The Lost Art of Walking Quotes

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The Lost Art of Walking: The History, Science, and Literature of Pedestrianism The Lost Art of Walking: The History, Science, and Literature of Pedestrianism by Geoff Nicholson
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“Walk some night on a suburban street and pass house after house on both sides of the same street each with the lamplight of the living room, shining golden, and inside the little blue square of the television, each living family riveting its attention on probably one show; nobody talking; silence in the yards; dogs barking at you because you pass on human feet instead of wheels.”
Geoff Nicholson, The Lost Art of Walking: The History, Science, and Literature of Pedestrianism
“It occurred to me, not exactly for the first time, that psychogeography didn't have much to do with the actual experience of walking. It was a nice idea, a clever idea, an art project, a conceit, but it had very little to do with any real walking, with any real experience of walking. And it confirmed for me what I'd really known all along, that walking isn't much good as a theoretical experience. You can dress it up any way you like, but walking remains resolutely simple, basic, analog. That's why I love it and love doing it. And in that respect--stay with me on this--it's not entirely unlike a martini. Sure you can add things to martinis, like chocolate or an olive stuffed with blue cheese or, God forbid, cotton candy, and similarly you can add things to your walks--constraints, shapes, notions of the mapping of utopian spaces--but you don't need to. And really, why would you? Why spoil a good drink? Why spoil a good walk?”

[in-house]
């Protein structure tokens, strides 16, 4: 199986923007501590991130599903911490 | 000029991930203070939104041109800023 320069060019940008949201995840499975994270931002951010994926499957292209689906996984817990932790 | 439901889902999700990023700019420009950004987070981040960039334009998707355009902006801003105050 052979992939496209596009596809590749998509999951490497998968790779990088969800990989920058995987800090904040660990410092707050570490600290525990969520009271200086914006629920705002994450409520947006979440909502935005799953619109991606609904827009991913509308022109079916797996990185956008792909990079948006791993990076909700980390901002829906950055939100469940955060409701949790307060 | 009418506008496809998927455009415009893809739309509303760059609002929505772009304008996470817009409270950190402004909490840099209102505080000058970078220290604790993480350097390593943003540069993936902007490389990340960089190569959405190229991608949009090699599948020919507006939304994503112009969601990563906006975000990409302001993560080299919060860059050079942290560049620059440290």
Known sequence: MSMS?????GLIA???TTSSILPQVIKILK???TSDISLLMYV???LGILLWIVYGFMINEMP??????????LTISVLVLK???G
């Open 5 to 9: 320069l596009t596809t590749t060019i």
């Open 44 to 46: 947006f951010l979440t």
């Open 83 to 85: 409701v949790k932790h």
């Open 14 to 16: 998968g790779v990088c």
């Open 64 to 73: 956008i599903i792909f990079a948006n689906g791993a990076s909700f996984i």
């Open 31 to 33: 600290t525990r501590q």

Geoff Nicholson, The Lost Art of Walking: The History, Science, and Literature of Pedestrianism
“Your own exploration therefore has to be personalized; you're doing it for yourself, increasing your own store of particular knowledge, walking your own eccentric version of the city. ”
Geoff Nicholson, The Lost Art of Walking: The History, Science, and Literature of Pedestrianism
tags: london
“Modern literary theory sees a similarity between walking and writing that I find persuasive: words inscribe a text in the same way that a walk inscribes space. In The practicse of Everyday Life, Michel de Certeau writes, 'The act of walking is a process of appropriation of the topographical system on the part of the pedestrian; it is a special acting-out of the place...and it implies relations among differentiated positions.' I think this is a fancy way of saying that writing is one way of making the world our own, and that walking is another.”
Geoff Nicholson, The Lost Art of Walking: The History, Science, and Literature of Pedestrianism
tags: 27, walking